Concept: Bare-metal stent
Drug-eluting stents (DES) have been in clinical use for nearly a decade; however, the relative short- and long-term efficacy and safety of DES compared with bare-metal stents (BMS) and among the DES types are less well defined.
AimsThe purpose of this pre-specified analysis of the PROlonging Dual antiplatelet treatment after Grading stent-induced Intimal hyperplasia studY (PRODIGY) was to assess device-specific outcomes relative to different duration of dual antiplatelet therapy (DAPT) after Everolimus- (EES), Paclitaxel (PES), Zotarolimus- (ZES-S) eluting, or bare metal stents (BMS).Methods and resultsWe randomized 2013 patients to BMS, ZES-S, PES, or EES implantation. At 30 days, each stent group underwent up to 6 or 24 months clopidogrel therapy. The primary endpoint, which was a composite of death, myocardial infarction, or cerebrovascular accident, did not differ in patients receiving BMS [HR: 0.89 (95%CI: 0.54-1.45)], PES [HR: 0.74 (95%CI: 0.43-1.25)], or EES [HR: 0.63 (95%CI: 0.33-1.21)] implantation across DAPT groups, whereas it was significantly higher in ZES-S patients undergoing long when compared with short-term DAPT therapy (HR: 2.85, P = 0.0018), with positive interaction testing (P-value = 0.004). At the 6-month landmark analysis, heterogeneity across stent types persisted for the primary study endpoint and other secondary clinical outcomes, whereas patients receiving PES showed a significantly higher rate of definite, probable and definite, probable, possible stent thrombosis in the short DAPT regimen. No association in absolute or relative terms was noted between stent potency in inhibiting intimal hyperplasia and greater vulnerability to shorter DAPT therapy.ConclusionOur study suggests that optimal duration of DAPT may be stent-specific and it does not support a clear association between stent potency and vulnerability to shorter DAPT therapy.Trial Registration clinicaltrials.gov Identifier: NCT00611286. http://clinicaltrials.gov/ct2/show/NCT00611286?term=prodigy&rank=2.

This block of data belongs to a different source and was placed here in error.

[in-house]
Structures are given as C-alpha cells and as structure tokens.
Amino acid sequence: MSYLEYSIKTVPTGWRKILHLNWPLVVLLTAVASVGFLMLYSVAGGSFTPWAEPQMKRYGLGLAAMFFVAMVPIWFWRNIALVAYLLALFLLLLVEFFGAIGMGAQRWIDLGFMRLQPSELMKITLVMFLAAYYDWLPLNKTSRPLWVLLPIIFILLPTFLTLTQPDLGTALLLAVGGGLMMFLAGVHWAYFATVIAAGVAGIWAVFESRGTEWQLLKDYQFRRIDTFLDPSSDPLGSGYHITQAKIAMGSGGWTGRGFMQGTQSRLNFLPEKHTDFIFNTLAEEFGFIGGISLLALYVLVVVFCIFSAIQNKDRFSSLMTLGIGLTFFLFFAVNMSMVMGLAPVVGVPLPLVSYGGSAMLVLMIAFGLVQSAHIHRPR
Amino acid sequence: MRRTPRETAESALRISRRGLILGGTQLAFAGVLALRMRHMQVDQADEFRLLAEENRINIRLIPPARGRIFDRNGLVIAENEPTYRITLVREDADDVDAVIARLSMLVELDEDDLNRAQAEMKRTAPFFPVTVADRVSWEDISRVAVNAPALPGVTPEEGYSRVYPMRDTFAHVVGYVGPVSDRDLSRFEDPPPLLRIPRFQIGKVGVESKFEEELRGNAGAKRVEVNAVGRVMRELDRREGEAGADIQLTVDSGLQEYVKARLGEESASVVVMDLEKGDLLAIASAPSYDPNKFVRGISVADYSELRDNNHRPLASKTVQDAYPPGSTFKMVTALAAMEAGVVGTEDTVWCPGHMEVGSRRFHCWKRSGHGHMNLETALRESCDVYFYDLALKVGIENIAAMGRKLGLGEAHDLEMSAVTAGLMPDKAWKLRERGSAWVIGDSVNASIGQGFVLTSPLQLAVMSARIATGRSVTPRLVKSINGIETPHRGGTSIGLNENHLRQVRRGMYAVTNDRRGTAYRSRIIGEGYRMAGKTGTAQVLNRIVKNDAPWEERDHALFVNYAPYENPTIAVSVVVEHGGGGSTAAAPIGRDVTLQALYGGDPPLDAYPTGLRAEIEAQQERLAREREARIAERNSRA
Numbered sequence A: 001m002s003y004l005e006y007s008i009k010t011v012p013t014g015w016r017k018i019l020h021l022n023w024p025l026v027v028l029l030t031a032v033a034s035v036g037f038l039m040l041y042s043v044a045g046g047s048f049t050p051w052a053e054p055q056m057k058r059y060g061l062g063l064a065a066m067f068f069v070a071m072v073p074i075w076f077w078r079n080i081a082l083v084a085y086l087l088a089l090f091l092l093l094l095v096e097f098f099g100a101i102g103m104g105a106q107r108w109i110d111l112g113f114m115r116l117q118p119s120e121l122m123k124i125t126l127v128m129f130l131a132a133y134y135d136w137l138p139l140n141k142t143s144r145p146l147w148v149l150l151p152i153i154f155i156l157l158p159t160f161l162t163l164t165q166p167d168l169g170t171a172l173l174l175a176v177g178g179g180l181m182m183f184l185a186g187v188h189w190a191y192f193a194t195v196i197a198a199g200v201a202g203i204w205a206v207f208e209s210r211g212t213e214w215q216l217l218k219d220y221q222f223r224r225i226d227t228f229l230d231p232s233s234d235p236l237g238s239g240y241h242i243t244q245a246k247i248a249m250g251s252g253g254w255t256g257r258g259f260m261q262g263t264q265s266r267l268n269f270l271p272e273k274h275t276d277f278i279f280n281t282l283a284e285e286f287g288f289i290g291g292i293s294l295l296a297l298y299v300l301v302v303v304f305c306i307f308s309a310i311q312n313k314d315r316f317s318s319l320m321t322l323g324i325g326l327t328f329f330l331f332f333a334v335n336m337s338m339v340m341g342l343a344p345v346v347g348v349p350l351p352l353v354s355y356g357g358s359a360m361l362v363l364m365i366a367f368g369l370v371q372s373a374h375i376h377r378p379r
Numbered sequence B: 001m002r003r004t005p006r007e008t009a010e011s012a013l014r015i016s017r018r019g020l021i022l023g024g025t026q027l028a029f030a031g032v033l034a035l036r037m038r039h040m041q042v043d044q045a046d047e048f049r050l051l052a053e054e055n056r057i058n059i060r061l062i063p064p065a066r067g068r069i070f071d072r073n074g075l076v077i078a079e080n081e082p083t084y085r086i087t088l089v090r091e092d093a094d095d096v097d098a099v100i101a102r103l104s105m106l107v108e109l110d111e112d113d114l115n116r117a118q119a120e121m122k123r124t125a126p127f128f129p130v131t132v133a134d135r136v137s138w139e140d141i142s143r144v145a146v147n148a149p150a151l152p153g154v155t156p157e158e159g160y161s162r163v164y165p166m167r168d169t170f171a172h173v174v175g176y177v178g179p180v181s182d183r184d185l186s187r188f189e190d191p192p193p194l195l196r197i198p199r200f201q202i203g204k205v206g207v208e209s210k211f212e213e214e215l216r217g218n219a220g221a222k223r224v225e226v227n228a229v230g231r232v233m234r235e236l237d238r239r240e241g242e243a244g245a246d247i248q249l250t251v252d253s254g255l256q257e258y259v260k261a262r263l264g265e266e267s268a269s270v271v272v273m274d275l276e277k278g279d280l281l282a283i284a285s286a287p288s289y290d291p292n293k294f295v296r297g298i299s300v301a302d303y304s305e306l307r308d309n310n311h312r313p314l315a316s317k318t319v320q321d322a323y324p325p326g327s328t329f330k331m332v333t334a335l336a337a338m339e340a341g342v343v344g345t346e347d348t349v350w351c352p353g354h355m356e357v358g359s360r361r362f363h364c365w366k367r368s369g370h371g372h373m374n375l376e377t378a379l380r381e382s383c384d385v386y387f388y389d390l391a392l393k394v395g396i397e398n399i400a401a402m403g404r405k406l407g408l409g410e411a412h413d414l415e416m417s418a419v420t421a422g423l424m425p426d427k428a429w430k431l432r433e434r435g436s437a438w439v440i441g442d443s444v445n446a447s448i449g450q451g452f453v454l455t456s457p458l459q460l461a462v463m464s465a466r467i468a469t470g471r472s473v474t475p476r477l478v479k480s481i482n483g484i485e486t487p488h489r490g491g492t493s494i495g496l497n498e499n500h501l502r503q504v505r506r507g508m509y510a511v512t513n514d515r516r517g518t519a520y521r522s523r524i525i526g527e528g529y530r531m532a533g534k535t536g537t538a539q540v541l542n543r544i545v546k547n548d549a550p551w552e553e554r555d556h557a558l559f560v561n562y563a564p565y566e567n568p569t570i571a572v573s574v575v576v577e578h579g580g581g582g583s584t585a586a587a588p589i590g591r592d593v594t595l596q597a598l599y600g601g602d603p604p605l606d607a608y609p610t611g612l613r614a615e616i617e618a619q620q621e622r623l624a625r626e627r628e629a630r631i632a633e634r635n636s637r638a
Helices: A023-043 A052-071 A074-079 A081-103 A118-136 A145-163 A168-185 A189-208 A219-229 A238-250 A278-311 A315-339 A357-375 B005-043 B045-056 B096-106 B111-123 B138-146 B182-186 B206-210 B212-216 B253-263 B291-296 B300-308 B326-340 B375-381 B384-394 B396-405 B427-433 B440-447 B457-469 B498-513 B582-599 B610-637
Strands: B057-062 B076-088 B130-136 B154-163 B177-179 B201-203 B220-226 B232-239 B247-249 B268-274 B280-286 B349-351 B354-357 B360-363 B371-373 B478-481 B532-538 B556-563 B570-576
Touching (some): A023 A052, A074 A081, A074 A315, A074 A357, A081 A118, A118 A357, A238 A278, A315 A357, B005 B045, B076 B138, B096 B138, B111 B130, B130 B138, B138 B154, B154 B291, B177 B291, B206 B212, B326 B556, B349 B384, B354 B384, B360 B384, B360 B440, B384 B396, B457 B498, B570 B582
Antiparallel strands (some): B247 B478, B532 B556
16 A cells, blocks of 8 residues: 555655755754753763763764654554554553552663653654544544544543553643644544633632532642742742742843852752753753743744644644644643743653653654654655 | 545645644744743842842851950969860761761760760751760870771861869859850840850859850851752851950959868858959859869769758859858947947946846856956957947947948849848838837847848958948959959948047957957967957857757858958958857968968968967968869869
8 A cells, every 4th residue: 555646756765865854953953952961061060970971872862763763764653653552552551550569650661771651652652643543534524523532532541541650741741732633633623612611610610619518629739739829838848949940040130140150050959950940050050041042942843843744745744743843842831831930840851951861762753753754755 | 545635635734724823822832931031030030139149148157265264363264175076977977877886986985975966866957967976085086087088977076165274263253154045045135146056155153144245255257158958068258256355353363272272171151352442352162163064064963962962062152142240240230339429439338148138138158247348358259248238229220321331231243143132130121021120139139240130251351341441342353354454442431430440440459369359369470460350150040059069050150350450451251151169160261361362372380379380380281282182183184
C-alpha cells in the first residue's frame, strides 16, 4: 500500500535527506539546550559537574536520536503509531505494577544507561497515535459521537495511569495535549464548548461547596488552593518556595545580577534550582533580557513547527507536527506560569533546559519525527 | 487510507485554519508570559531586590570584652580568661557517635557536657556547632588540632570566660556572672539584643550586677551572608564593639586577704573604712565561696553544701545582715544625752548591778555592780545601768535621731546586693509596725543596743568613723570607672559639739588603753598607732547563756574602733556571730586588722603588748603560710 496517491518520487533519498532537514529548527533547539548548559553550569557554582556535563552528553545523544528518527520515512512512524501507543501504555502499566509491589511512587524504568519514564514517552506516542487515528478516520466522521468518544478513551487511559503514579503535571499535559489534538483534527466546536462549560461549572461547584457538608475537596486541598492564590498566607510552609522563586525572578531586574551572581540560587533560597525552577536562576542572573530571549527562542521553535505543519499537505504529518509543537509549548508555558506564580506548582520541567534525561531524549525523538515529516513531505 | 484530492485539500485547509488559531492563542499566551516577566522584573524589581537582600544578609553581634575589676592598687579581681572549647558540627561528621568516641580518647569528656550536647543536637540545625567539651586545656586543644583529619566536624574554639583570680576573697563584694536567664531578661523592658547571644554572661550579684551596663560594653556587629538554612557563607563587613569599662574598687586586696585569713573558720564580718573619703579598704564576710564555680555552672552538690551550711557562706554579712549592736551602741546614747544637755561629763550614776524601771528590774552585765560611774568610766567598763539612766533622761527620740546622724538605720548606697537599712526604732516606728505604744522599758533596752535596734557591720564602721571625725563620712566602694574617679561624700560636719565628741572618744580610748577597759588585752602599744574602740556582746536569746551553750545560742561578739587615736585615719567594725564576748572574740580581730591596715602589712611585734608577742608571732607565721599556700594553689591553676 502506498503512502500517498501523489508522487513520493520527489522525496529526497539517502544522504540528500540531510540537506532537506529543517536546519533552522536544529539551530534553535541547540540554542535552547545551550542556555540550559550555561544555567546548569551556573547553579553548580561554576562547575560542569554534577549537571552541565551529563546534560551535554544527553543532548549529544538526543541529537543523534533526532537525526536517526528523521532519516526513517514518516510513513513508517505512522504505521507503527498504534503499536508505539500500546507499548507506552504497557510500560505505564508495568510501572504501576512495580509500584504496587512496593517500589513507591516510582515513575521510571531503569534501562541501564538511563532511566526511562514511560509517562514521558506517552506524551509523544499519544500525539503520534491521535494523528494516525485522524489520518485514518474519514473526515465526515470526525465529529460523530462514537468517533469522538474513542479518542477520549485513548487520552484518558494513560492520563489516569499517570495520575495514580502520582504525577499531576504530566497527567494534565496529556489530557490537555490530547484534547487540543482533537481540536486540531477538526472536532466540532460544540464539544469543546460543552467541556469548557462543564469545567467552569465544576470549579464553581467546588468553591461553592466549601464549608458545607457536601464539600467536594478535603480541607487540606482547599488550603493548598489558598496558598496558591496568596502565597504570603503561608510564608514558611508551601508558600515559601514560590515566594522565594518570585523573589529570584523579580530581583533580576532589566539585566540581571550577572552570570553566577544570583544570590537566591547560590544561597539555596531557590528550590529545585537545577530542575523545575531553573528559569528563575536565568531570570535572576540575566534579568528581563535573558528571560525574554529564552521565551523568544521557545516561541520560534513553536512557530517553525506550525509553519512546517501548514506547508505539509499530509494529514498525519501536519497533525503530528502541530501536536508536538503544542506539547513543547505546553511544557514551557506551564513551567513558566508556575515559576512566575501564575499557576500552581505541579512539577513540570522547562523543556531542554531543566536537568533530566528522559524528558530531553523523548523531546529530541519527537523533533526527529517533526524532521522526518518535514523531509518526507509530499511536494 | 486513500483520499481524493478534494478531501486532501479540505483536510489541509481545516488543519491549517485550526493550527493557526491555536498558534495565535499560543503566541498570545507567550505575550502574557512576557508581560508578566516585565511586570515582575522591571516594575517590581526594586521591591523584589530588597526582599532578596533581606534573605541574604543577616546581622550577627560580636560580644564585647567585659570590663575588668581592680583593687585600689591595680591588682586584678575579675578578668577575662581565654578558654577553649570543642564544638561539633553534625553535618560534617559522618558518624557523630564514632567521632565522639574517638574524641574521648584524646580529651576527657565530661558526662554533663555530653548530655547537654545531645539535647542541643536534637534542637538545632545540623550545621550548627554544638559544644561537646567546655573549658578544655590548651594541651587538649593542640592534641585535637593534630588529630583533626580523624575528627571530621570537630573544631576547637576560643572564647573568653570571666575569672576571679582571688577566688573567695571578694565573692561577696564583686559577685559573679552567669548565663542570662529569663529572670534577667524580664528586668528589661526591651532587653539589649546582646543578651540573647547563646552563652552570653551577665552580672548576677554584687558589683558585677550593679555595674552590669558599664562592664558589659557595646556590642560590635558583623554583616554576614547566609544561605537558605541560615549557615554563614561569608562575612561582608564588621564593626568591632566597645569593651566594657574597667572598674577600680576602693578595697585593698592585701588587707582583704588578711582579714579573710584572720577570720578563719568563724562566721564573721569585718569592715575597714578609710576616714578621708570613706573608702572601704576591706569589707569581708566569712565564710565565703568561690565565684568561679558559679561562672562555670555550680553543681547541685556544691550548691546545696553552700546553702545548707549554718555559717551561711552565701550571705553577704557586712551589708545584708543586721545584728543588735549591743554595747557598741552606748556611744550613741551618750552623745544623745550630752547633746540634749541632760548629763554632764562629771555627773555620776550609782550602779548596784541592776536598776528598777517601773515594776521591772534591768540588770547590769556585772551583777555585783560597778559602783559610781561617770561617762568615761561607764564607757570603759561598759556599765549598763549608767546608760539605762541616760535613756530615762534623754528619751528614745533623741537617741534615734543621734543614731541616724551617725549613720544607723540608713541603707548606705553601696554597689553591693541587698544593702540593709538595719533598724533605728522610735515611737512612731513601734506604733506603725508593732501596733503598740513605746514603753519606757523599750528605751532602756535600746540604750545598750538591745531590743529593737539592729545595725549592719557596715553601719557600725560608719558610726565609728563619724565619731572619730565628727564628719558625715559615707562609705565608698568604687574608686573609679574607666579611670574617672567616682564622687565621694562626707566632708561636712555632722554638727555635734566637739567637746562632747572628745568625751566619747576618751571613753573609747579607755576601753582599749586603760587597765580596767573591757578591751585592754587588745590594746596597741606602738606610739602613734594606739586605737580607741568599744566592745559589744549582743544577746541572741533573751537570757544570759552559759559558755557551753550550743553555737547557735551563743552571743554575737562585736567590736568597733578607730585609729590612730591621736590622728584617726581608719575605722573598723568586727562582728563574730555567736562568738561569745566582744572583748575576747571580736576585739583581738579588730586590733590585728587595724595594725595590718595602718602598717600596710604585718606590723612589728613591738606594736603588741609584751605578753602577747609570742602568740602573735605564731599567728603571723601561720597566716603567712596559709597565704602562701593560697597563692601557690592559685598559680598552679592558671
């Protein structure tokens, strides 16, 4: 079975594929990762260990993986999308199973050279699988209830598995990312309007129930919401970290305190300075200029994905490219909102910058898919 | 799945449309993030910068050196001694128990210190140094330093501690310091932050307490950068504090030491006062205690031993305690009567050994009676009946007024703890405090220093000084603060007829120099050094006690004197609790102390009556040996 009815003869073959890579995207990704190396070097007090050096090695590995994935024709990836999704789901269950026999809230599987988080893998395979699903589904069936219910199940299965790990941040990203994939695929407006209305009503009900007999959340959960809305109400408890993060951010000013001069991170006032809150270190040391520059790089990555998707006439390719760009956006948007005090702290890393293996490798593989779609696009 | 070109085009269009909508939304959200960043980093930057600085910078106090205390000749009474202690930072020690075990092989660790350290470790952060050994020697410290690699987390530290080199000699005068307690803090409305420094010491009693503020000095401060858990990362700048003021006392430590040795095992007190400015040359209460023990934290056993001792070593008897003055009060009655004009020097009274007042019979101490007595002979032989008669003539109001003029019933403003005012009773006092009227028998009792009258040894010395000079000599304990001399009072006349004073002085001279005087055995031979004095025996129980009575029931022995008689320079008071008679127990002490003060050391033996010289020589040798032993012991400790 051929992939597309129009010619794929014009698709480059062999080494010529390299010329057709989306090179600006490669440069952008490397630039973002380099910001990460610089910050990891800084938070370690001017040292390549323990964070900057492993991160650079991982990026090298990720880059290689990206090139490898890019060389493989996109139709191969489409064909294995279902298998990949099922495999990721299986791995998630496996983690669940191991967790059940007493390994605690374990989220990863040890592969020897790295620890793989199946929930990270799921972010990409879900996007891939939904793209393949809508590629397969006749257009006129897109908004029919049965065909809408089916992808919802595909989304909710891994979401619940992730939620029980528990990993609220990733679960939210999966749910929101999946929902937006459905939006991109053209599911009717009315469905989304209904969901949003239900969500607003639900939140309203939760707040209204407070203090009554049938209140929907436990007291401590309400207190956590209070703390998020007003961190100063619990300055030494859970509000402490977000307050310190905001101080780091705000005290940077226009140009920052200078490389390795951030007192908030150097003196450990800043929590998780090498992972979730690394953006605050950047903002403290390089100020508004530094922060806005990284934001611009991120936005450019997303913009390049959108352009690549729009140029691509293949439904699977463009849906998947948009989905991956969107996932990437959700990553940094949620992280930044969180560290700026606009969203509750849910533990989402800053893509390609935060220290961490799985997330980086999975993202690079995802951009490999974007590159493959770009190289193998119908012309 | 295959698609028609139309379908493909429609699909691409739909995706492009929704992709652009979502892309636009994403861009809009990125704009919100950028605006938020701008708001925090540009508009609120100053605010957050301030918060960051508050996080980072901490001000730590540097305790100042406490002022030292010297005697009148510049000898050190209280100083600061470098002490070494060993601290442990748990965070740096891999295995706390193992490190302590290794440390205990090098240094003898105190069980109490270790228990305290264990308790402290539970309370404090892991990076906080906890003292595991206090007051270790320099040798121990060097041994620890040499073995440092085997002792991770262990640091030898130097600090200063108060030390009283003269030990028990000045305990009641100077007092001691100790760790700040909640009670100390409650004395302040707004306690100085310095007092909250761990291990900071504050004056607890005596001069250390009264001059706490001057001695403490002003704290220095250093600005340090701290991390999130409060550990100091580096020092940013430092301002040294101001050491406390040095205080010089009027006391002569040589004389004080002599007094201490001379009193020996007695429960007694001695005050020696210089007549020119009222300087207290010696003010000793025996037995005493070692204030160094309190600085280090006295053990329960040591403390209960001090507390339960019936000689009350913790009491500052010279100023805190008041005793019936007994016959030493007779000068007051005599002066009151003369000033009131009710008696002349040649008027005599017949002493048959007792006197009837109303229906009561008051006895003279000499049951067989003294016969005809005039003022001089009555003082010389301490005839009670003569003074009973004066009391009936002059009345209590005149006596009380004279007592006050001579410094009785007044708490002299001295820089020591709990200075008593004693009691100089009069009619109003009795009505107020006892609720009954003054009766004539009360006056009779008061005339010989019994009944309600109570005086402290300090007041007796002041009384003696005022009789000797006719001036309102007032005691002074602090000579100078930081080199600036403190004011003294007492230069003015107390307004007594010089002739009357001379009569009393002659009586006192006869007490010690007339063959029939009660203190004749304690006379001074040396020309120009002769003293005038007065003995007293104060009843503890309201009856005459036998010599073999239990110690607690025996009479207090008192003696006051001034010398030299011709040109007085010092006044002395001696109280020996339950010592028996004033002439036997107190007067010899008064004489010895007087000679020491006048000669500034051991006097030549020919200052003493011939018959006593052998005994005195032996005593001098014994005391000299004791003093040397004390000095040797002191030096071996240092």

Aims: To investigate the incidence of cardiac events in octogenarians who underwent percutaneous coronary intervention (PCI) with stenting, as well as to evaluate the efficacy and safety of drug-eluting stents (DES) in this population. Methods and results: The study included 6,129 consecutive patients who underwent PCI with stenting from 2000 to 2005 in our centre, of whom 291 (4.7%) were octogenarians. After adjusting for confounders, age ≥80 years appeared a significant predictor of high mortality at 30 days (adjusted hazard ratio [aHR] 1.92, 95% CI 1.23-3.01), and four years (aHR 2.25, 95% CI 1.77-2.85). No differences were seen with respect to incident myocardial infarction (MI), but target lesion (63.2 vs. 32.6 per 1,000 person-years at one year and 27.9 vs. 16.6 per 1,000 person-years at four years) and vessel (83.1 vs. 52.9 per 1,000 person-years at one year and 37.7 vs. 25.0 per 1,000 person-years at four years) revascularisation rates were lower in octogenarians. When comparing DES with bare metal stents (BMS) in octogenarians, mortality and MI rates were comparable, but there was a significantly lower incidence of target lesion revascularisation at one- (9.5 vs. 0.6 per 1,000 person-years, aHR 0.07, 95% CI 0.01-0.57) and four-year (3.4 vs. 0.7 per 1,000 person-years, aHR 0.16, 95% CI 0.04-0.59) follow-up in patients who received a DES. Conclusions: Octogenarians undergoing PCI with stenting have an increased mortality risk, whereas the rates of repeat revascularisation in octogenarians are lower. This study suggests that the benefit of DES in reducing revascularisation rates is extended to elderly patients.
Current guidelines recommend combining clopidogrel with aspirin for up to 1 year after coronary stenting, but the value of clopidogrel beyond this time is uncertain.